Mr. Thompson discussed how the quality of runners in the 2019 All-Star Mile has been hotly debated, with the minimum rating required to enter the race raised for the second running in 2020. However, he pointed out that the 120 rating of the 2019 winner Mystic Journey is higher than that of the winners of other well established G1 mile races worldwide. With $A66 million wagered on the race and 16,000 racegoers in attendance, with another 1 million watching on free-to-air television, the concept of an All-Star fan-selected race has clearly found resonance with the horse-loving Australian public.

The impact of new races and the quality control involved in the European Pattern system was discussed by Mr. Brian Kavanagh, CEO of Horse Racing Ireland and Chairman of the European Pattern Committee. He reminded delegates of a key mission statement of the International Federation of Horseracing Authorities (IFHA) - the organisation of competitions to select the best horses in order to improve the quality of breeding. He pointed out that the origins of the European Pattern Races are deeply entrenched and are ultimately used as quality control via black type in sales catalogues and thus the determination of commercial value at sales.

“The aims of the European Pattern Committee are clear”, said Mr. Kavanagh. “To provide a co-ordinated programme of quality races in each age, sex and distance category within the member countries and a balance of Group races within the European Pattern so that there are more Group 3 races than Group 2, more Group 2 races than Group 1, and the total number of Group 3 races exceeds the combined total of Group 2 and Group 1 races.”

In creating the Longines World’s Best Racehorse rankings, using the rankings of an international group of official handicappers, horse racing like other sports has its own ranking system. “We are talking here about the elite races and the best horses in the world. In 2018 only 1.5% of all Flat races worldwide were Group/Graded races” said Mr. Kavanagh. Though “innovation is good and vital and should be welcomed”, he cautioned that it must be in a controlled environment, such as established and run by the European Pattern Committee.

Mr. Kavanagh concluded by warning delegates that “new high-value special races need to complement and fit in with our well established races rather than compete or challenge existing events. Otherwise it will just lead to a dilution of the quality of the overall program.” Thus very new events such as the Pegasus Cup, the Everest and the Saudi Cup first need to prove their merits as well as establishing long-term sustainability. For example, the first Saudi Cup, which is taking place shortly (29 February), will be run without grading and once established it can then be incorporated into the black type system.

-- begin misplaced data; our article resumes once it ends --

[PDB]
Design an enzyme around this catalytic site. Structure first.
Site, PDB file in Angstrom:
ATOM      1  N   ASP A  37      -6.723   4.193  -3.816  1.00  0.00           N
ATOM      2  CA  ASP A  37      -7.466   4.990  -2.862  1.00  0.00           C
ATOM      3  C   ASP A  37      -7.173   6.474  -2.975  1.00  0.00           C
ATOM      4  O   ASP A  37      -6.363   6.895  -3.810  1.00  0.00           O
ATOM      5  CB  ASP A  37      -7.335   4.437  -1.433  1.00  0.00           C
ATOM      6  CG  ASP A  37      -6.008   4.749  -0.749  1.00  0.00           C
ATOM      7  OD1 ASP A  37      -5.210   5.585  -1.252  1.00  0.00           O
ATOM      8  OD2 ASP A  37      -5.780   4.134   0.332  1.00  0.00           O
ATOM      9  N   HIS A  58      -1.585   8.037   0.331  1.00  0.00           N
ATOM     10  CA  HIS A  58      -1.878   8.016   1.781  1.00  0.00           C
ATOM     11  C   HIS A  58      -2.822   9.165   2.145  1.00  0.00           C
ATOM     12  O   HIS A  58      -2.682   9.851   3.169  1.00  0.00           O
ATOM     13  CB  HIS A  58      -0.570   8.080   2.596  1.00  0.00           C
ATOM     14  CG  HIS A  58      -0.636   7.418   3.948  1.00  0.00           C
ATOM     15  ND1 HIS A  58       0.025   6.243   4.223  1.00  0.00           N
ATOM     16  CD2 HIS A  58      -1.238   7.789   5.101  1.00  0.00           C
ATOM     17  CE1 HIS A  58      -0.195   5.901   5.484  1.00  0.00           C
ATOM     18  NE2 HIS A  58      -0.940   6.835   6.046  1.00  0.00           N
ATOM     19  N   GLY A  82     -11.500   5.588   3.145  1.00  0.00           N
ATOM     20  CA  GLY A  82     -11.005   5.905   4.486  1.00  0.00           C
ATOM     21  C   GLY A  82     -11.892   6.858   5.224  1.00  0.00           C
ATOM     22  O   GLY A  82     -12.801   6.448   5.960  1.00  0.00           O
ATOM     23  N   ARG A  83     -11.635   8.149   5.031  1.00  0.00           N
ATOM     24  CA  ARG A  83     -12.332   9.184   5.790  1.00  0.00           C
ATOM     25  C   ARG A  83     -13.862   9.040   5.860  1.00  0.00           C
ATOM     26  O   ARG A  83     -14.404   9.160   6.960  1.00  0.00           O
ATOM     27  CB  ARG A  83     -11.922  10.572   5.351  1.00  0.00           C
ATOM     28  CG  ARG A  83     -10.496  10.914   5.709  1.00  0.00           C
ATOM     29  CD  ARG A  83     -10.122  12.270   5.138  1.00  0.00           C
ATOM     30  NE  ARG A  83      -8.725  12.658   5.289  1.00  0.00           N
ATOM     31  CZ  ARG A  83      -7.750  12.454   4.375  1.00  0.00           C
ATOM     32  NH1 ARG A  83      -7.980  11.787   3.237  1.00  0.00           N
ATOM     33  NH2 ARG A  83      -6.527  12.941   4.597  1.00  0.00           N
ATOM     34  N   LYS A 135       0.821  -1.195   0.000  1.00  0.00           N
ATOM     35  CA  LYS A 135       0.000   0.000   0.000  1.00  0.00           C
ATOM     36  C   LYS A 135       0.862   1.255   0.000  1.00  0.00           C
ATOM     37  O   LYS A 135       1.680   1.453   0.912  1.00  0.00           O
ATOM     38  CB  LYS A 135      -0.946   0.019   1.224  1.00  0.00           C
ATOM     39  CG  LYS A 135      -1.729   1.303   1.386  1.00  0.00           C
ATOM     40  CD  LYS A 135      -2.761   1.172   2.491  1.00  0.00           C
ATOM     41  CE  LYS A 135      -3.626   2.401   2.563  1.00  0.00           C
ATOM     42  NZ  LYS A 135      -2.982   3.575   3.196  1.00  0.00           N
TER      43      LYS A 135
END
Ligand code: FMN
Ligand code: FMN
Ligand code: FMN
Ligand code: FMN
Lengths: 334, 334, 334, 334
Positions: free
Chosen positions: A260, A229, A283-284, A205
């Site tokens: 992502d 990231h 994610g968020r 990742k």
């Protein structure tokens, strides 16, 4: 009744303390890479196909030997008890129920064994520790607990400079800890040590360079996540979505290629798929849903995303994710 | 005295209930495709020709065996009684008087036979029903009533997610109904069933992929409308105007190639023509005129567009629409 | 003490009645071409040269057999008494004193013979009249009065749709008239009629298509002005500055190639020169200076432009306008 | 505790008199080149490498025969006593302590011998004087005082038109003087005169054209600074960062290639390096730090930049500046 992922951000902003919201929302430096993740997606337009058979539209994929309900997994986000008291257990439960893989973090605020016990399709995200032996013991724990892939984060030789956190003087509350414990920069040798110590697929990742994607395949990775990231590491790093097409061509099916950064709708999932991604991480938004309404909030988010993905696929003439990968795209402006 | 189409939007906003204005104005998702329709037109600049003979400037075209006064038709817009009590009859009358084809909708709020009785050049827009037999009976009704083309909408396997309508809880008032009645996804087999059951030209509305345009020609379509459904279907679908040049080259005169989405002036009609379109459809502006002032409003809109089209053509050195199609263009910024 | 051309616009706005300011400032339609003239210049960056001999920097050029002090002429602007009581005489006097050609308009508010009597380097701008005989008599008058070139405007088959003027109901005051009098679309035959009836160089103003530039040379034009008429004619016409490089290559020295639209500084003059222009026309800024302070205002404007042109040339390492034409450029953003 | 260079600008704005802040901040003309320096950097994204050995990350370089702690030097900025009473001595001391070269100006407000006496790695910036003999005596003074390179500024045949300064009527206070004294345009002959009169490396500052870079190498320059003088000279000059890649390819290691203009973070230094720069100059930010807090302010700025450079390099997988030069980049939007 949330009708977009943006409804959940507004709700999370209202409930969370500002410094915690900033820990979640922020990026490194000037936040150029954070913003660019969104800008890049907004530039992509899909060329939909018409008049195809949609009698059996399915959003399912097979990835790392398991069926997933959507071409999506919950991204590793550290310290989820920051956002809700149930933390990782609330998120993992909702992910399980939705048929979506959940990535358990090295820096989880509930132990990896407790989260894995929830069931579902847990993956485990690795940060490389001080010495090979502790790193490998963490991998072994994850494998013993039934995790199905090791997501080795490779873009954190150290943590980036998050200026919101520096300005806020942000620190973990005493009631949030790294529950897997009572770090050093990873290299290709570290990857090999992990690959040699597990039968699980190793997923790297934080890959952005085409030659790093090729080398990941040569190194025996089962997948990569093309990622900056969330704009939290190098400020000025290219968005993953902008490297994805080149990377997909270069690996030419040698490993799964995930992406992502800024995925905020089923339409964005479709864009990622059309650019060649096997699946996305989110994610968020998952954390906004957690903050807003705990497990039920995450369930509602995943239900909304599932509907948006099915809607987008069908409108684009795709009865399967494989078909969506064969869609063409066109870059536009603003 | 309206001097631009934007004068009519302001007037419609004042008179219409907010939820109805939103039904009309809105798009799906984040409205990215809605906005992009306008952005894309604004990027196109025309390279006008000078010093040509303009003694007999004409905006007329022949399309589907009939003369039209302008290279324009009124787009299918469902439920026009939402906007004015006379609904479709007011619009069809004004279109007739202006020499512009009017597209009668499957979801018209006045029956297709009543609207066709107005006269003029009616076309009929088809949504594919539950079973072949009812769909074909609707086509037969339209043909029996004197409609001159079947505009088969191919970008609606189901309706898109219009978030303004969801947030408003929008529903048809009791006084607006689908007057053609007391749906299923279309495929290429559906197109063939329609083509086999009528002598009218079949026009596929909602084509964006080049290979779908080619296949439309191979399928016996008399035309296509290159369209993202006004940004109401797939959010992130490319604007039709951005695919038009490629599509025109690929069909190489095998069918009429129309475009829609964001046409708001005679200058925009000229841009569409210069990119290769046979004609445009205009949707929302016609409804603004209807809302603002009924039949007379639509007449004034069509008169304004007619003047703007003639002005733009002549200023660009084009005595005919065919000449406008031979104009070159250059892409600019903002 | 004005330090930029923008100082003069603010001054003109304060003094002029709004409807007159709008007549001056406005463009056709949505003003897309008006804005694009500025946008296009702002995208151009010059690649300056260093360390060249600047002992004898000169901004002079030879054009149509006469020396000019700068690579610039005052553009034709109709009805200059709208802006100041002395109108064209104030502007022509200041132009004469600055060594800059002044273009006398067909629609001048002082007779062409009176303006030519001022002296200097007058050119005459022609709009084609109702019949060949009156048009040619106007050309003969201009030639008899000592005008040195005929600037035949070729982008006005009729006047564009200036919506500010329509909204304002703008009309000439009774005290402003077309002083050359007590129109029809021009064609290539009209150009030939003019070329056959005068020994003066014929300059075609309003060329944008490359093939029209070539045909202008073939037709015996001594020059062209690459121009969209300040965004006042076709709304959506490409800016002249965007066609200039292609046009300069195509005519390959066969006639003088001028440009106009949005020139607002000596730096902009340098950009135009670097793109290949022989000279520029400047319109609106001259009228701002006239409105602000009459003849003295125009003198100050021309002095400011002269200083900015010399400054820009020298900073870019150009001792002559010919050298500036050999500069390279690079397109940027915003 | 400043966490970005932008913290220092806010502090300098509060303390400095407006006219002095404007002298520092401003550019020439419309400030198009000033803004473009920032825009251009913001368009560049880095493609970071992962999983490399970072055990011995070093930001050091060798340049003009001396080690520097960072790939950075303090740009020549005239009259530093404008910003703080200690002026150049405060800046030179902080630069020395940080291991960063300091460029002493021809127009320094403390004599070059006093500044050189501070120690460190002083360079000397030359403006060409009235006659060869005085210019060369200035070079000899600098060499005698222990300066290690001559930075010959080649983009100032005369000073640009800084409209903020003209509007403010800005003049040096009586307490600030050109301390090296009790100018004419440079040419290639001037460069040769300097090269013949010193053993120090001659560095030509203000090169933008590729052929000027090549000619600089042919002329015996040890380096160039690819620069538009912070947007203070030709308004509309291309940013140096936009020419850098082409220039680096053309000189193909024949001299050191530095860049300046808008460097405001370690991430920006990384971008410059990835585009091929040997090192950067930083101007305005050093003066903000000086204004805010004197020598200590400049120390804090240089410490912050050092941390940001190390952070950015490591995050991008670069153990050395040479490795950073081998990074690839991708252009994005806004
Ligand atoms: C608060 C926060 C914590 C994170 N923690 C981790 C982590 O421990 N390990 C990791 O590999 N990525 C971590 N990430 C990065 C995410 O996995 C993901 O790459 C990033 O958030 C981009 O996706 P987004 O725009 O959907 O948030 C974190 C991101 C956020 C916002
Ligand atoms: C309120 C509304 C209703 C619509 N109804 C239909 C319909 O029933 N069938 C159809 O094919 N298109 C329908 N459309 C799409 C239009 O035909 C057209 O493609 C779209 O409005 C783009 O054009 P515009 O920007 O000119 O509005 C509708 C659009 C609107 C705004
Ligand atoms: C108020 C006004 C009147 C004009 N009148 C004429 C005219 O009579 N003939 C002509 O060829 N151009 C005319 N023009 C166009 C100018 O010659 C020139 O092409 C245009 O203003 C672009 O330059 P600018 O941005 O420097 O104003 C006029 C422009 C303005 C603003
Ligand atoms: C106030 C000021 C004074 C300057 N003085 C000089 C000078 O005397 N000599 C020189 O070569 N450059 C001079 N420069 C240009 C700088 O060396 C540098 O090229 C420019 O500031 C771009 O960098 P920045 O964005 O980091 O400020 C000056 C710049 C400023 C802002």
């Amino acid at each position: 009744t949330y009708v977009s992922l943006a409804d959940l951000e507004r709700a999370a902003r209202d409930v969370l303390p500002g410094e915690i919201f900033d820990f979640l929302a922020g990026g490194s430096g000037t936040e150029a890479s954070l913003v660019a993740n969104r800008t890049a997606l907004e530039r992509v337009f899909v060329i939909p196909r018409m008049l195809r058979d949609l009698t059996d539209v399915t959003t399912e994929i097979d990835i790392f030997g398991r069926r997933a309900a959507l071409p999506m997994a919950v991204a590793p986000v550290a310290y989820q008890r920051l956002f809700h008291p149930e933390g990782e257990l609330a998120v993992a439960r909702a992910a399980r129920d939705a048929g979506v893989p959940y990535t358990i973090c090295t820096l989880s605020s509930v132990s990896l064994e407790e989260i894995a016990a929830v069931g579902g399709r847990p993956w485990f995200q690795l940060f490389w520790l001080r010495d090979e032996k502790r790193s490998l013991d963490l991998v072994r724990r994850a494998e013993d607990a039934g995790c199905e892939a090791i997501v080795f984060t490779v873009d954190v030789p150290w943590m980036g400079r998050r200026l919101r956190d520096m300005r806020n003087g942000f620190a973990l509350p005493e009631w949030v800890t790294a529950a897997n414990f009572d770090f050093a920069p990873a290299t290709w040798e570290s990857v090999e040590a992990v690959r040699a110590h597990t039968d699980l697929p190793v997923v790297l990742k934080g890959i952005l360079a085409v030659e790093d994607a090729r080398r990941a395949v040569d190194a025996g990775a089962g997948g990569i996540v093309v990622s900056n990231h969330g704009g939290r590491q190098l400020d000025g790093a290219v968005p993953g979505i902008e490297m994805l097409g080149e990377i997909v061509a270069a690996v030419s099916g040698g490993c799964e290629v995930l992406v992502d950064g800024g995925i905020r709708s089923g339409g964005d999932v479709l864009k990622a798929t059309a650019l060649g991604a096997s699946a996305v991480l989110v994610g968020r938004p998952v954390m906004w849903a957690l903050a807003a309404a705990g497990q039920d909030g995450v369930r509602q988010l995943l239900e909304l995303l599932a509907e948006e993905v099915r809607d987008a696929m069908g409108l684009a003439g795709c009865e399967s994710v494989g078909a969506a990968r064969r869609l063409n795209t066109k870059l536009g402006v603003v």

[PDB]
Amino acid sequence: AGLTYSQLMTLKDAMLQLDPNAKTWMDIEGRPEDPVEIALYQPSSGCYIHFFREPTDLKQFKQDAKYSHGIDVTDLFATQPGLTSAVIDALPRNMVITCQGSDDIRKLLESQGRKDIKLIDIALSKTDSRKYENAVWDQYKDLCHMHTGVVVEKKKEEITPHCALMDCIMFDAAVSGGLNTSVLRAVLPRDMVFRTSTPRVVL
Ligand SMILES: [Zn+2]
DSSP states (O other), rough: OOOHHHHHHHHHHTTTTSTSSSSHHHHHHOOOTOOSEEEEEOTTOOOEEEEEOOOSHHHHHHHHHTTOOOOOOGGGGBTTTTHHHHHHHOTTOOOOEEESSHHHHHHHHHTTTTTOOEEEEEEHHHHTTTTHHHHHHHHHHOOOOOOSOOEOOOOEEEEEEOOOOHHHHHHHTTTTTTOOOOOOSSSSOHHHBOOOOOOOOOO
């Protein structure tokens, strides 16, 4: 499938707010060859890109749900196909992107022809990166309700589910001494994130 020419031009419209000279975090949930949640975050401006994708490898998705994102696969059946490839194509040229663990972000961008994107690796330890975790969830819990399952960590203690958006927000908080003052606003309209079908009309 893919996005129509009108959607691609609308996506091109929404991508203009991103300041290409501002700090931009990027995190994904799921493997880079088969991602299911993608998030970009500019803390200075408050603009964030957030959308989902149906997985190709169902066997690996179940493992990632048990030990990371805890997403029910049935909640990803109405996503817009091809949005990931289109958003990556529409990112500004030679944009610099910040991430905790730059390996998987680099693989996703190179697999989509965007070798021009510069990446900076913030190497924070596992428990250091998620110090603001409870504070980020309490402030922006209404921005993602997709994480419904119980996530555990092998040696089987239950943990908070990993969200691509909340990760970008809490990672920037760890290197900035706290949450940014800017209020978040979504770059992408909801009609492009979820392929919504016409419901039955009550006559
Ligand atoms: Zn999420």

In the panel discussion that followed, the speakers were joined through pre-recorded video by Mr. Peter V’landys, Chief Executive Officer of Racing New South Wales (Racing NSW). A series of questions were posed to Mr. V’landys and to the panellists, with a number of differences coming to the fore.

Asked about the driving force behind racing developing innovative concepts, Mr. V’landys said it came down to appealing to a wider audience than the traditional fanbase: “For us, it’s about generational change. Our generation is different from the upcoming generations, and I even see that in my office with a 28-year-old very different to a 20-year-old. They are different types of customers. If we continue to aim at the existing fanbase and the older demographic, we won’t leave a future for racing. I don’t care what anyone says; by doing business the way we’ve always done it, we’ve been on the decline. You have to reassess if things aren’t going right, you have to move with the times.”

Competition has been a major driving force in Australia with Mr. V’landys’ Racing NSW and Mr. Thompson’s Racing Victoria having different perspectives. The two supremos offered contrasting viewpoints about the nature of competition, both between Australian states and other jurisdictions, but also about the real opposition to their organisations.

“Competition breeds excellence and no one should be scared of competition - it’s your friend,” Mr. V’landys argued. “When New South Wales started increasing its prizemoney, the other states followed. To its credit, Victoria raised prizemoney across the board and now Queensland is doing that too. It’s good for the participants who have to earn a living out of racing; some couldn’t sustain their business. We are seeing that with new races in Victoria, like the All-Star Mile, and also up in Queensland, where they’ve introduce a four-year-old race similar to the Golden Eagle. Competition between jurisdictions has raised our game.”

“Peter and I differ slightly in what the competition is,” Mr. Thompson countered. “I don’t think the competition is between jurisdictions or between race clubs. Instead, I think other sports and other forms of entertainment are our competition. I think, if you ask the general fan, they will see racing all as one sport and not as Victoria versus New South Wales or anyone else. We’re all racing, we are a global sport and we need to work together as a group to present it that way. If you’re not coordinating with each other, you are cutting at each other’s narratives.”

The session’s final question caused the most debate between participants as the correlation between the Pattern and new races was raised.

“I’m different to most. I think that the Pattern breeds apathy because you do things the same way,” Mr. V’landys said. “It’s like a tariff and, instead, I think you should have fair trade. The Pattern is a restraint to trade. We should all aspire to be a part of the Pattern and it does have its place, but it needs to be brought into 2020 and not 1960. The world has moved forward in terms of trade and I think the Pattern should follow.”

Mr. Kavanagh responded: “The Pattern is tried and tested over generations, it is a foundation stone. Peter is obviously shaking up racing in Australia, but throwing out the Pattern is not the answer.”

Mr. Thompson agreed: “In racing, it’s vital that we put our best foot forward. The best have to race against the best to build the narrative and the Pattern helps to deliver that. If that isn’t in place, racing itself is disadvantaged.”